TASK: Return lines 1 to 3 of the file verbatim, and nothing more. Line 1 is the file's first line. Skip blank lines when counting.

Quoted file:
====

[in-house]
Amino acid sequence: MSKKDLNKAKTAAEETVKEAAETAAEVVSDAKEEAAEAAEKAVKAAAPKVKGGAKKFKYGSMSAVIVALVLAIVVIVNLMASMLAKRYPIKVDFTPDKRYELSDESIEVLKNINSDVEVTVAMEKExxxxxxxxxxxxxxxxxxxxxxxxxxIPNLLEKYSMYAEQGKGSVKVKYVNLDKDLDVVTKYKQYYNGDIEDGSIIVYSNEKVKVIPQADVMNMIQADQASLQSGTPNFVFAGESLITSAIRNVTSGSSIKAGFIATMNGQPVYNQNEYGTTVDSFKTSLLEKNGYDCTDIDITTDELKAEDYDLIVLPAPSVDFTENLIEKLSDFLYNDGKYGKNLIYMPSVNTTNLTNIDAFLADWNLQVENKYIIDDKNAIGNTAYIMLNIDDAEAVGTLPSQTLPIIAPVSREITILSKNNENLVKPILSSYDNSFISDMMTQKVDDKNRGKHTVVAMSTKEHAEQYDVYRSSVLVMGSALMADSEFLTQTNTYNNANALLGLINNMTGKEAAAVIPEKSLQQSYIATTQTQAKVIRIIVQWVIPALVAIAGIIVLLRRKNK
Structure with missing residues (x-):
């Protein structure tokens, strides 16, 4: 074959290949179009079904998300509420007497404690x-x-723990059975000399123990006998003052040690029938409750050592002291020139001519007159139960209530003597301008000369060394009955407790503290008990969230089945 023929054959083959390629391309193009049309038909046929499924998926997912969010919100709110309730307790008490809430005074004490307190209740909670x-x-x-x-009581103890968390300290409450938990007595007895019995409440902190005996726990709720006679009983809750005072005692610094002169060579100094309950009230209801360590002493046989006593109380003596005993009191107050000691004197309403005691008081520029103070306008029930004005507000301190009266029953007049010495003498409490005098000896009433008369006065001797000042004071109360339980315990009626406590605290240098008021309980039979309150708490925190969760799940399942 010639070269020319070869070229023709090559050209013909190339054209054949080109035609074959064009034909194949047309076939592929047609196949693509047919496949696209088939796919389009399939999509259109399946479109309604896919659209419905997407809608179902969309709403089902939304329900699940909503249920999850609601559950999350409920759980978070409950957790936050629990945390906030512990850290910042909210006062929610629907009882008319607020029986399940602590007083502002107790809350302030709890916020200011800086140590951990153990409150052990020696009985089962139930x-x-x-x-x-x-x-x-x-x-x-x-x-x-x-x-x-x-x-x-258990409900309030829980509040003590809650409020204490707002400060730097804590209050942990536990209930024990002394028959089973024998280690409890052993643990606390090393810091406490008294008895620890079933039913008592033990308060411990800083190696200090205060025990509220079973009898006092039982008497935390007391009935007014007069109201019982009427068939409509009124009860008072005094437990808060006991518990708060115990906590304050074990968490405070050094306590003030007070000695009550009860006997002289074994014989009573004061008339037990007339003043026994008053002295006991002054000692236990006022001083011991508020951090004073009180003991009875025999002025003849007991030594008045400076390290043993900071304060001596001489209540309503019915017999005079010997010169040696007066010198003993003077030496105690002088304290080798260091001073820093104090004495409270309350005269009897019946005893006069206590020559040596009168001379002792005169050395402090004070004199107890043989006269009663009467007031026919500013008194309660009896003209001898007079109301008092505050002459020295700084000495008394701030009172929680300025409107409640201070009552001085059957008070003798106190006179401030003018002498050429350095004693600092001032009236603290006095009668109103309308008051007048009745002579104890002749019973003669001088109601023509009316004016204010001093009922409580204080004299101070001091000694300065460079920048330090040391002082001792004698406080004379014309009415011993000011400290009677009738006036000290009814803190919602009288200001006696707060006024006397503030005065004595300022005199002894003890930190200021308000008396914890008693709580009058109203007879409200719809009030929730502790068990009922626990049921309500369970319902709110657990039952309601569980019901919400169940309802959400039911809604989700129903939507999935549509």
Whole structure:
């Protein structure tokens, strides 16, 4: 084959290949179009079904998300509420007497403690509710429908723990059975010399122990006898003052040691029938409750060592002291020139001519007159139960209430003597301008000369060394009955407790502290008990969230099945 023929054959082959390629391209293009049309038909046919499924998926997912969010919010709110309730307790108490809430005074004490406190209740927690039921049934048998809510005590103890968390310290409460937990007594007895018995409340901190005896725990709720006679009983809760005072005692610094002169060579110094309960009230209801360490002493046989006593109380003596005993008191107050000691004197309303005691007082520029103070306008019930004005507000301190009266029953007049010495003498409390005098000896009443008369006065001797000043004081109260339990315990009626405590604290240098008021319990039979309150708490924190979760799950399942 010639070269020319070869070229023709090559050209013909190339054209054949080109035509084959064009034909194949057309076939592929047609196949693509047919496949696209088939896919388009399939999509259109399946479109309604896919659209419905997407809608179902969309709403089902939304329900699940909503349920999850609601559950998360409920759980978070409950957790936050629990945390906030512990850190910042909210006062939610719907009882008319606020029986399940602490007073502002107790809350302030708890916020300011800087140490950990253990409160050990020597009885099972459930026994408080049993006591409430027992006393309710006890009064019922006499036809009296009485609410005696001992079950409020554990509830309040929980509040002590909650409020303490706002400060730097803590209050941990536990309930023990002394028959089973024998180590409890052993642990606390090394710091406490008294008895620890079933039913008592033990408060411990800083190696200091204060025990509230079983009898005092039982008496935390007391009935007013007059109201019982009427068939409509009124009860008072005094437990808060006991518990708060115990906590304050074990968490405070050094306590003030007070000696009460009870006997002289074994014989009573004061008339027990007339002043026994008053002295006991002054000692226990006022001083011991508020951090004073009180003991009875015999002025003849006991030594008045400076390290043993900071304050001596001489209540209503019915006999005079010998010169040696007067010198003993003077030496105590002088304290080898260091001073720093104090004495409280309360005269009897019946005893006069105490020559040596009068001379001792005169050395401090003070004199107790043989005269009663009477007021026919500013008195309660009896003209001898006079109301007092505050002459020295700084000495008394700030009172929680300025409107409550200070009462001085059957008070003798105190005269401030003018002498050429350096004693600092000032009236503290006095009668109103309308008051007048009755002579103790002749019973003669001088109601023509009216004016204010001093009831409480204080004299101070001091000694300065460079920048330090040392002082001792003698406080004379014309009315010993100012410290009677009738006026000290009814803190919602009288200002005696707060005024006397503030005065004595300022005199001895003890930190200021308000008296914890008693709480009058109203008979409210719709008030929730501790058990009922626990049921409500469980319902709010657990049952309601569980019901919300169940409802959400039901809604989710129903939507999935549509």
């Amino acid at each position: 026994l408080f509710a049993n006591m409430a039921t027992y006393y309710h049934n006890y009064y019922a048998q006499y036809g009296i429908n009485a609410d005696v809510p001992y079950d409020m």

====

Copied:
[in-house]
Amino acid sequence: MSKKDLNKAKTAAEETVKEAAETAAEVVSDAKEEAAEAAEKAVKAAAPKVKGGAKKFKYGSMSAVIVALVLAIVVIVNLMASMLAKRYPIKVDFTPDKRYELSDESIEVLKNINSDVEVTVAMEKExxxxxxxxxxxxxxxxxxxxxxxxxxIPNLLEKYSMYAEQGKGSVKVKYVNLDKDLDVVTKYKQYYNGDIEDGSIIVYSNEKVKVIPQADVMNMIQADQASLQSGTPNFVFAGESLITSAIRNVTSGSSIKAGFIATMNGQPVYNQNEYGTTVDSFKTSLLEKNGYDCTDIDITTDELKAEDYDLIVLPAPSVDFTENLIEKLSDFLYNDGKYGKNLIYMPSVNTTNLTNIDAFLADWNLQVENKYIIDDKNAIGNTAYIMLNIDDAEAVGTLPSQTLPIIAPVSREITILSKNNENLVKPILSSYDNSFISDMMTQKVDDKNRGKHTVVAMSTKEHAEQYDVYRSSVLVMGSALMADSEFLTQTNTYNNANALLGLINNMTGKEAAAVIPEKSLQQSYIATTQTQAKVIRIIVQWVIPALVAIAGIIVLLRRKNK
Structure with missing residues (x-):